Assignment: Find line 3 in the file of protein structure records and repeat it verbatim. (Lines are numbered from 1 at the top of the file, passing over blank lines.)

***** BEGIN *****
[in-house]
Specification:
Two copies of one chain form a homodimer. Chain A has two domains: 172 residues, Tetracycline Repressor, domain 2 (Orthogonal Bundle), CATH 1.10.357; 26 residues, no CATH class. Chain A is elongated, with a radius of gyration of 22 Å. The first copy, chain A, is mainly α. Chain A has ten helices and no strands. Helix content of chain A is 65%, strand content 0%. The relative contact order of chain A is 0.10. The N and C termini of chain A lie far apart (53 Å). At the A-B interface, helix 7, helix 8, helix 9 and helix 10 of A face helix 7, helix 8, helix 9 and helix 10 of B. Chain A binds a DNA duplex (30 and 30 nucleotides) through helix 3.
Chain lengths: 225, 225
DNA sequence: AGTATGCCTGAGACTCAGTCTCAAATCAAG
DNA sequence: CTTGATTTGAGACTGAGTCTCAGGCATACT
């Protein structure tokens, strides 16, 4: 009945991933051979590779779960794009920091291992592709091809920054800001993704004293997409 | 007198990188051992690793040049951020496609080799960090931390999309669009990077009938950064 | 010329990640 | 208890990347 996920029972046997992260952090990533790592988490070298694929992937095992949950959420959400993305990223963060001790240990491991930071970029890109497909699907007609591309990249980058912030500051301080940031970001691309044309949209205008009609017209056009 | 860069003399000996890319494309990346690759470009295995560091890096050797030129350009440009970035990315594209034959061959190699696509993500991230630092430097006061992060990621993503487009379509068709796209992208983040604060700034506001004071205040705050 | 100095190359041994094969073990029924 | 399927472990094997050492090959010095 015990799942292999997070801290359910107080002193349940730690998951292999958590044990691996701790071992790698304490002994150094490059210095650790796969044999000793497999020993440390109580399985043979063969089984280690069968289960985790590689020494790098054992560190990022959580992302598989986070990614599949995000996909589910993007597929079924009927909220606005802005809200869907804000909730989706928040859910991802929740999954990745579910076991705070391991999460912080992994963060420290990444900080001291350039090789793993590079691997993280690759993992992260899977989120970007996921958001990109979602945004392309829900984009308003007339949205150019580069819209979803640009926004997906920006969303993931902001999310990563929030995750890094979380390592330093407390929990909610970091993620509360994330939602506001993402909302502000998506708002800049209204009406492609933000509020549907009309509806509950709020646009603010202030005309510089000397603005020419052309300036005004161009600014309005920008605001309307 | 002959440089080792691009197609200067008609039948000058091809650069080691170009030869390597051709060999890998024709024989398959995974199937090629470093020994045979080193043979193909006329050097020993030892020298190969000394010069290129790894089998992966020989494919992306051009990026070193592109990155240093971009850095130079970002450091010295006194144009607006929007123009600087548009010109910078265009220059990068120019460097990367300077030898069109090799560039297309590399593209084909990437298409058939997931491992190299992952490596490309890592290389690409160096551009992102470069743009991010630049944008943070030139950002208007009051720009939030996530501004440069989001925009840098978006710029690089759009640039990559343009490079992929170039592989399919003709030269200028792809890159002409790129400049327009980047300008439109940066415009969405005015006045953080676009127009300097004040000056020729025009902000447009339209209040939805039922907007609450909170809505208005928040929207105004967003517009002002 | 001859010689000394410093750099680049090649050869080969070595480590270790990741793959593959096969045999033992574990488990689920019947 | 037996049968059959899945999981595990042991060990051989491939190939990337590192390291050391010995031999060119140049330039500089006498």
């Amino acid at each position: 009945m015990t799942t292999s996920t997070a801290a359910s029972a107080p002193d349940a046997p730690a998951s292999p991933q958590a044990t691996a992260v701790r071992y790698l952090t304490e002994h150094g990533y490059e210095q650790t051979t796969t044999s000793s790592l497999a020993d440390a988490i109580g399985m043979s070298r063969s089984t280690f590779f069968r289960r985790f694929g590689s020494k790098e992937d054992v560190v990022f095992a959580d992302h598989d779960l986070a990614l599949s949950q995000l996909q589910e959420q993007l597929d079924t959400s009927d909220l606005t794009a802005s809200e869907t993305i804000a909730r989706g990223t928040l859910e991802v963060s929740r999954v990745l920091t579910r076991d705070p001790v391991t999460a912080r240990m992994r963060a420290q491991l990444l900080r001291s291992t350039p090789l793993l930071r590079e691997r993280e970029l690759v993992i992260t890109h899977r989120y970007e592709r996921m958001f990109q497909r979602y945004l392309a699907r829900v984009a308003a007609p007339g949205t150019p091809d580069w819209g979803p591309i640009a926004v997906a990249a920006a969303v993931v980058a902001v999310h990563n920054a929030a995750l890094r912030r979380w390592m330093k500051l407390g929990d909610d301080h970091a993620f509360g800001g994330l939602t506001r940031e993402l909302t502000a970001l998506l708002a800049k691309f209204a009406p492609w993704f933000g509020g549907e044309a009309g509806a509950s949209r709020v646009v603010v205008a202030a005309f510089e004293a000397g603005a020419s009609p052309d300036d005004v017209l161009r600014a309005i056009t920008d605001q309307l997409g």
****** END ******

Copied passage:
Two copies of one chain form a homodimer. Chain A has two domains: 172 residues, Tetracycline Repressor, domain 2 (Orthogonal Bundle), CATH 1.10.357; 26 residues, no CATH class. Chain A is elongated, with a radius of gyration of 22 Å. The first copy, chain A, is mainly α. Chain A has ten helices and no strands. Helix content of chain A is 65%, strand content 0%. The relative contact order of chain A is 0.10. The N and C termini of chain A lie far apart (53 Å). At the A-B interface, helix 7, helix 8, helix 9 and helix 10 of A face helix 7, helix 8, helix 9 and helix 10 of B. Chain A binds a DNA duplex (30 and 30 nucleotides) through helix 3.